|Myrica faya foliage and male catkins|
It is an evergreen shrub or small tree 3–8 m tall, rarely up to 15 m tall. The leaves are usually a dark, glossy green, 4–11 cm long and 1–3 cm broad, with an entire margin and a bluntly pointed apex. It easily grows in any type of soil.
It is subdioecious, with the male and female flowers produced largely on separate plants, but often with a few flowers of the other sex present (Binggeli 1997). The male flowers have four stamens and are normally produced in clumps close to the branch. The female flowers, usually occurring in similar groups grow slightly farther from the branch tips. The fruit is an edible drupe 5–6 mm diameter, it is a reddish purple ripening dark purple to black. It is used as an astringent remedy for catarrh (Pérez 1999, Rushforth 1999).
In Macaronesian islands it occurs most abundantly at altitudes of 600–900 m. The population in Continental Portugal may be native or naturalised following early importation from Madeira or the Azores (Rushforth 1999). It is an invasive species in Hawaii (Vitousek et al. 1987), where it displaces native trees such as Metrosideros polymorpha, with profound impacts on nitrogen cycling (Vitousek & Walker 1989).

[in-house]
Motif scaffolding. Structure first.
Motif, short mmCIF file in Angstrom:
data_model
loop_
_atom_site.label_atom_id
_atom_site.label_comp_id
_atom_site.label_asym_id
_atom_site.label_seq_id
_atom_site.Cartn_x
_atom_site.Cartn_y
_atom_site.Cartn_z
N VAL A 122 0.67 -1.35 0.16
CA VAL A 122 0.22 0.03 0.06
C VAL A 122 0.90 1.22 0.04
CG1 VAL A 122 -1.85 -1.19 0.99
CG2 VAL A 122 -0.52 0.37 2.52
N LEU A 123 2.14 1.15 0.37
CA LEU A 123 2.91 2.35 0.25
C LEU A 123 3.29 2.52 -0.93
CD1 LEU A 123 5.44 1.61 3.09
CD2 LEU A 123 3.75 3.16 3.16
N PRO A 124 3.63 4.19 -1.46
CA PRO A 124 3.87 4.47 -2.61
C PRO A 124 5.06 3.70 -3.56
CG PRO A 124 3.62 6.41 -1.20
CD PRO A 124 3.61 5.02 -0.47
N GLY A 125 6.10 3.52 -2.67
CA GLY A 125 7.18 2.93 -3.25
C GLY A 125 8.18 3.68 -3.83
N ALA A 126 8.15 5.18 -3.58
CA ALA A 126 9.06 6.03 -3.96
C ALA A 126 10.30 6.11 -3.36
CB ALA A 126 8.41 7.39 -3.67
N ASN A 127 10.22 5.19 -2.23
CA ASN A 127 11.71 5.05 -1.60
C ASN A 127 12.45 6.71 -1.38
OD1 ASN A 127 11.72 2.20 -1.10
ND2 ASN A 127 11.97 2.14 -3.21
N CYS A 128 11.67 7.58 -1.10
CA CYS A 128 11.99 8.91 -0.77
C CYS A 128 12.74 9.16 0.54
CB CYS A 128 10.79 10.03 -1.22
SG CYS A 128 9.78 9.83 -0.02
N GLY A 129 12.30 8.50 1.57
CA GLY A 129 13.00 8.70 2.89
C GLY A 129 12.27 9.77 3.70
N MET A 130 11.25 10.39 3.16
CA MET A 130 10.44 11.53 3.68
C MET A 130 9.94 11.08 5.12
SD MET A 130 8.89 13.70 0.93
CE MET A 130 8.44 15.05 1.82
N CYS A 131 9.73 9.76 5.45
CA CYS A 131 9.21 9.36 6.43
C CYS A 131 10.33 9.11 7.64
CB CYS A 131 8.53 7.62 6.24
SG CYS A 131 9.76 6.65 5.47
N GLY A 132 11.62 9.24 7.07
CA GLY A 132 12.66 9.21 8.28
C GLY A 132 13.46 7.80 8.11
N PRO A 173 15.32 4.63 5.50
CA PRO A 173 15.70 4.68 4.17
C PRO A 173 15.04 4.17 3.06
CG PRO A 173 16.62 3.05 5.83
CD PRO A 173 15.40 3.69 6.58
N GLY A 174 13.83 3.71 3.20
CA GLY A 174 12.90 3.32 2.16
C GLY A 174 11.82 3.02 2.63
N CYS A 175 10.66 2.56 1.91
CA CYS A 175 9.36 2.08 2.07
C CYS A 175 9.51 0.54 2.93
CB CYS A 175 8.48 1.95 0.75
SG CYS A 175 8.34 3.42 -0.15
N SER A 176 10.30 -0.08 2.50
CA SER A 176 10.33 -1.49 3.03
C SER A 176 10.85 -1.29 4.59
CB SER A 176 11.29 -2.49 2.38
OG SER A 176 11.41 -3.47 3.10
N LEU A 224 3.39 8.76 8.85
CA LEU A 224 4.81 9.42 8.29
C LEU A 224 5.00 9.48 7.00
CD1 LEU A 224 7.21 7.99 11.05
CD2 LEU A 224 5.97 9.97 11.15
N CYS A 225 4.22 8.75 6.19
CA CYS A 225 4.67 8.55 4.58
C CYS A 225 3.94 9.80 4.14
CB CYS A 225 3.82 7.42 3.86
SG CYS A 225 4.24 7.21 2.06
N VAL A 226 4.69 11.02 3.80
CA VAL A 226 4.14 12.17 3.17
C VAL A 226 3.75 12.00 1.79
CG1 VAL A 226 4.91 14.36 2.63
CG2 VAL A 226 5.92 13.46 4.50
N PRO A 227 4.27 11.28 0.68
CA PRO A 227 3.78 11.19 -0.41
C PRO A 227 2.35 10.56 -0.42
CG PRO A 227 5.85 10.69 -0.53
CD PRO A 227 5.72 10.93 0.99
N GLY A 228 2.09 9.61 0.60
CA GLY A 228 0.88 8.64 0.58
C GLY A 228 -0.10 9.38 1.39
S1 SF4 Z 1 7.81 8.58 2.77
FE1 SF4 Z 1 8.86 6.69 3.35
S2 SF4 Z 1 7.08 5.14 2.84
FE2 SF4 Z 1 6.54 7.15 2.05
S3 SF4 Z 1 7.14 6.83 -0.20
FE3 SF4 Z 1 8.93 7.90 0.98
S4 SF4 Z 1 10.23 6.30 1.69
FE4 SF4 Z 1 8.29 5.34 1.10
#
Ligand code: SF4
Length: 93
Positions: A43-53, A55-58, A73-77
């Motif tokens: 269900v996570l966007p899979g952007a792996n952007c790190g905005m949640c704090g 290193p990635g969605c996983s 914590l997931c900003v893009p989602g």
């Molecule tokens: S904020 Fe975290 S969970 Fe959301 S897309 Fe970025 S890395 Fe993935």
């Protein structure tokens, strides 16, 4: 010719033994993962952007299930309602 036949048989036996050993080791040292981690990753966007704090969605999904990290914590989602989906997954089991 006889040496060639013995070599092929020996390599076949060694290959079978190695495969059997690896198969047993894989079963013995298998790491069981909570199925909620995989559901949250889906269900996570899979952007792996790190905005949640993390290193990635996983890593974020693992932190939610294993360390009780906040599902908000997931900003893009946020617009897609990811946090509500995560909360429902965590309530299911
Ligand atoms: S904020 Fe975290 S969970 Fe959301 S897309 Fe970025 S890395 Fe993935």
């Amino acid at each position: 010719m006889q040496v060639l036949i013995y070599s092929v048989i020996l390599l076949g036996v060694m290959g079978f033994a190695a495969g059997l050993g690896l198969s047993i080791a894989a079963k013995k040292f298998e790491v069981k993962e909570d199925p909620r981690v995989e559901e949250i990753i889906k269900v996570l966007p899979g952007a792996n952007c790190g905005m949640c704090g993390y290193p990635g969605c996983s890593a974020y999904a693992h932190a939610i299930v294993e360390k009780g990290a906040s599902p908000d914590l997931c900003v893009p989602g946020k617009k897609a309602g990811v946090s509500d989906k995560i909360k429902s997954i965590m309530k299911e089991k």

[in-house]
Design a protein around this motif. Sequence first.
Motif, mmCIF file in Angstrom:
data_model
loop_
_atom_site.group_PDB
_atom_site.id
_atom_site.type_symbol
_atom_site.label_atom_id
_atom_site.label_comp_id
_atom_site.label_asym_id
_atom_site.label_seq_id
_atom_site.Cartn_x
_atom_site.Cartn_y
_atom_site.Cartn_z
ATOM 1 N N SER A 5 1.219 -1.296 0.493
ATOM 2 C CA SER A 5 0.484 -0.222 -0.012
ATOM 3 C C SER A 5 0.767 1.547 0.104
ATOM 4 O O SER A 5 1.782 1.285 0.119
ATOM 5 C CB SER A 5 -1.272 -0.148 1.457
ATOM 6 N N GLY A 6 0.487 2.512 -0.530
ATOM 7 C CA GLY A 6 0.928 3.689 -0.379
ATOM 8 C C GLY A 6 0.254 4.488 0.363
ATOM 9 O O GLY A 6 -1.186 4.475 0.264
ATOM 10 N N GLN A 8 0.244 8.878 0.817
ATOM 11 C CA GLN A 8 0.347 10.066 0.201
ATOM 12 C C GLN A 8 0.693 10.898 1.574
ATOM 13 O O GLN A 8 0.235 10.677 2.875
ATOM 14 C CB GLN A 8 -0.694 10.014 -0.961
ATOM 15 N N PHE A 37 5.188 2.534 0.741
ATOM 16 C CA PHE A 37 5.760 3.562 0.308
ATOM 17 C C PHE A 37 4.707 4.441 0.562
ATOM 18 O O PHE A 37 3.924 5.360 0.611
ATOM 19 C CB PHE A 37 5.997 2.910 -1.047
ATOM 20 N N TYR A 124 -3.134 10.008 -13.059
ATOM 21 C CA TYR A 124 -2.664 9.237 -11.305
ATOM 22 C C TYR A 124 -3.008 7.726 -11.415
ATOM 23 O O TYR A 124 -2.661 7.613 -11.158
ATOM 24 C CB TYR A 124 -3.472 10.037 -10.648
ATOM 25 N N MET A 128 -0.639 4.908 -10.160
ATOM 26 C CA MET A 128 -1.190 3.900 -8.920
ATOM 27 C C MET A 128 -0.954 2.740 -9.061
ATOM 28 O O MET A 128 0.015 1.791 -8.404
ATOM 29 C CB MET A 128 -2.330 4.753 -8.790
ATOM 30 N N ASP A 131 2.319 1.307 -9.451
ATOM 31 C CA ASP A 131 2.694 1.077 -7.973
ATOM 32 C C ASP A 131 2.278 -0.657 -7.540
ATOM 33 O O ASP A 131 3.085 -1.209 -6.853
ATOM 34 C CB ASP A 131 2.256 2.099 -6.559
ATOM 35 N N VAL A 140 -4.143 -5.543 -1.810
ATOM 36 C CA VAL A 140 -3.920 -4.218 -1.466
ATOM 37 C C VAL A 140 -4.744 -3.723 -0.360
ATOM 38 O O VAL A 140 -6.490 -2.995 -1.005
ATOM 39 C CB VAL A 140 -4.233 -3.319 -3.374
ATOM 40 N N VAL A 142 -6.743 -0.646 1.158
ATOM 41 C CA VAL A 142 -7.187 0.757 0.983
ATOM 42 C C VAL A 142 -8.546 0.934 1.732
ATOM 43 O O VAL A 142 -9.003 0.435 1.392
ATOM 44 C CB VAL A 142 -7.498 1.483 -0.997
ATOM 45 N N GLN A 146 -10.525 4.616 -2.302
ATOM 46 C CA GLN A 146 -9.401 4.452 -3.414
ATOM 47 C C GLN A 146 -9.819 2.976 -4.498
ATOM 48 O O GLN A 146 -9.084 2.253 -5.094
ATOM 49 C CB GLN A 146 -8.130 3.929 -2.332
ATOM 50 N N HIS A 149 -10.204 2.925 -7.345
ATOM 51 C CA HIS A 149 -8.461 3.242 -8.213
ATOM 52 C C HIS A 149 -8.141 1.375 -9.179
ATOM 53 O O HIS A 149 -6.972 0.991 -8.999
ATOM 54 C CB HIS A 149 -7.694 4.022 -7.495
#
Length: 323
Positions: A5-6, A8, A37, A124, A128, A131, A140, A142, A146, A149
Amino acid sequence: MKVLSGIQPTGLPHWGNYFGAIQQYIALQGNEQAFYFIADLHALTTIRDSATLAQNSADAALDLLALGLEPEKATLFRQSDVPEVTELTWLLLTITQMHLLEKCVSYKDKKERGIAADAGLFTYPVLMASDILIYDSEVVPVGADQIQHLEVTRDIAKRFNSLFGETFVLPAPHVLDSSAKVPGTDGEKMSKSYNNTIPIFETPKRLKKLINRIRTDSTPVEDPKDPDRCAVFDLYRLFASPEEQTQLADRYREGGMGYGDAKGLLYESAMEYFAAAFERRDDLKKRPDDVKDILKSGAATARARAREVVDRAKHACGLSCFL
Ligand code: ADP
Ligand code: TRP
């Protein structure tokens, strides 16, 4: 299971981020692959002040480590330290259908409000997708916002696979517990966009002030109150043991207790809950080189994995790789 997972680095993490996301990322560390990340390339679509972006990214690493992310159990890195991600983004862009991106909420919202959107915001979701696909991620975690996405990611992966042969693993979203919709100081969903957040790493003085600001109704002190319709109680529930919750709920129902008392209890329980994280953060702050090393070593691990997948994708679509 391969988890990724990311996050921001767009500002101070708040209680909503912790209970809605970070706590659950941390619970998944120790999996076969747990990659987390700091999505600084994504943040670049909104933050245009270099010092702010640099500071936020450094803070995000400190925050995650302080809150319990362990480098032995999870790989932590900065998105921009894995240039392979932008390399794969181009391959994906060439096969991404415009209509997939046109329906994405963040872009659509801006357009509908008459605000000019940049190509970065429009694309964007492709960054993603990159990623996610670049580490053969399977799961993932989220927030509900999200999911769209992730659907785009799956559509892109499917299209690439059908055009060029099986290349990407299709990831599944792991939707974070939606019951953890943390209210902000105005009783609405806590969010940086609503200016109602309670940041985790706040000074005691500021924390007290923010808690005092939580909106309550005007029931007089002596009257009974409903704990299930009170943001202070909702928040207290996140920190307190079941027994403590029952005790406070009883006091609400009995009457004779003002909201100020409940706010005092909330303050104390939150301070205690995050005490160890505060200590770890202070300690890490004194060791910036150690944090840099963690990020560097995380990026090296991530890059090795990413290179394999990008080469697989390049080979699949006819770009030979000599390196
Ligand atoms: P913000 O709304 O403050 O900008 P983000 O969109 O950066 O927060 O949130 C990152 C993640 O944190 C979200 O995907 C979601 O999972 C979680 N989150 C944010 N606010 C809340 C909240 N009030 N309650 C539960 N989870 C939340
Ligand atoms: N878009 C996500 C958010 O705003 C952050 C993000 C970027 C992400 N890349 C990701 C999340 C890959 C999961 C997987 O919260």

- Binggeli, P. (1997). Myrica faya. University of Bangor.
- Pérez, M. Á. C. (1999). Native Flora of the Canary Islands. ISBN 978-84-241-3555-3.
- Rushforth, K. D. (1999). Trees of Britain and Europe. ISBN 978-0-00-220013-4.
- Vitousek, P.M., L.R. Whiteaker, D. Mueller-Dombois & P.A. Matson (1987). "Biological invasion by Myrica faya alters ecosystem development in Hawai'i". Science. 238 (4828): 802–804. doi:10.1126/science.238.4828.802. PMID 17814707.CS1 maint: Multiple names: authors list (link)
- Vitousek, P.M. & L.R. Walker Queit (1989). "Biological invasion by Myrica faya: Plant demography, nitrogen fixation, ecosystem effects". Ecological Monographs. 59 (3): 247–265. doi:10.2307/1942601. JSTOR 1942601.
- Flora Europaea: Myrica faya
- University of Hawaii: Myrica faya native habitats
- University of Hawaii: Myrica faya as an invasive species in Hawaii